Trent Recipient of John P. Ellbogen Meritorious Classroom Teaching Award

April 21, 2010
Professor and student talking
Associate Professor Allen Trent, and post-doctoral student Rosalie Alexander of Laramie have fun working on an elementary education project for students in the Lab School. Trent received the John P. Ellbogen Meritorious Classroom Teaching Award that honors excellence in teaching. (UW Photo)

In his 10 years at the University of Wyoming, Allen Trent has inspired his students to emulate his passionate teaching style.

That level of enthusiasm by both his colleagues in the College of Education and students has earned Trent, an Educational Studies associate professor, recognition as an exceptional classroom instructor who brings plenty of enthusiasm to all his courses.

Trent, Eric Nye, associate professor and Victorian scholar in the Department of English, and Kent Becker, associate professor and head of the Department of Professional Studies in the College of Education, were all selected to receive this year's John P. Ellbogen Meritorious Classroom Teaching Award, established in 1977 by businessman John P. "Jack" Ellbogen, to "foster, encourage, and reward excellence in classroom teaching at UW."

"This was the best, most meaningful class I have ever taken at UW. It really sparked the fire in my heart of how I am in charge of my classroom and art is the true definition of me," says one current student. "Therefore, I hope to take Allen's passion, love and enthusiasm for art and use it as inspiration of who I want to be as a teacher as well and transmit that desire onto my own students."

That high praise doesn't come only from UW students, but from others as well. They note Trent is able to connect with students, challenging them in all the right ways, gaining enormous respect from colleagues throughout the college.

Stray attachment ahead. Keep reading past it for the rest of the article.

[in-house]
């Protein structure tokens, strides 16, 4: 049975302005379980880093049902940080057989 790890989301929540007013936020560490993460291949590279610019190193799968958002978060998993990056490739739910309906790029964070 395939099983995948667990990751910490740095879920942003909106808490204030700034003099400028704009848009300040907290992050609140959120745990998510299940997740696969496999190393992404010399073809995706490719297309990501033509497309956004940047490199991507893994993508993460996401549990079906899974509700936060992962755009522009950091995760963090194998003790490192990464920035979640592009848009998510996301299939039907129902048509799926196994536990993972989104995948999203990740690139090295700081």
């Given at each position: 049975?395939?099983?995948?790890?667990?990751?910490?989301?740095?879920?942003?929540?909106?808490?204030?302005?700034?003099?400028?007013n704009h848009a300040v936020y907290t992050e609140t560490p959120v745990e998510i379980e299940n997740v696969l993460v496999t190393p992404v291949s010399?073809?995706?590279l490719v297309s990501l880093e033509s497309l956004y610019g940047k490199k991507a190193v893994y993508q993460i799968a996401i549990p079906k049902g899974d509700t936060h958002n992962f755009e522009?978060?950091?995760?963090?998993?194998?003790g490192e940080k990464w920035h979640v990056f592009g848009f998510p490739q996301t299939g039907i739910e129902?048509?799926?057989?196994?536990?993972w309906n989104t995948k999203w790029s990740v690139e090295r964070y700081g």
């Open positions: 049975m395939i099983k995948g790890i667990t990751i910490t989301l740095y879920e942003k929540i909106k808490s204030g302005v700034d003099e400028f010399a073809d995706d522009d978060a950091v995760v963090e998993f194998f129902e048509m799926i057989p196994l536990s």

"I have known Dr. Trent to be a first-rate teacher, a person whose identity is intimately tied to his role as a teacher," says Francisco Rios, the department's chairman. "The result is consistently high marks for his teaching by his colleagues and his students."

Another colleague remembers Trent when he was the department's chairman.

"He was a marvelous department chair. Like many chairs, he couldn't wait to get back to teaching responsibilities because he missed his first love, a complete teaching load," says Audrey Kleinsasser, Department of Educational Studies professor and Wyoming School-University Partnership director.

Current doctoral candidate Tanaya Moon Morris concurs.

"Dr. Trent has demonstrated to me time and again that he is an exceptional communicator and gifted teacher. In my opinion, he is the perfect model for any teacher, regardless of the discipline," she says. "He is an extremely dedicated professional who strives to motivate his learners to excel. Both in the classroom and in person, Dr. Trent is a dynamic and powerful communicator who possesses the gift of being able to make complex subjects understandable."

Another student adds, "I am assuming that Allen does not receive loads of negative feedback and that is because he is a great teacher. He is very respectful, organized, helpful and found ways to really help us learn the material of his course. He showed great interest in student success and I appreciate that quality in a teacher."

He received a B.S. (1986) in public relations from Eastern Kentucky University, an M.S. (1992) teaching from Dayton University and Ph.D. (2000) degrees in curriculum, instruction and professional development from The Ohio State University.

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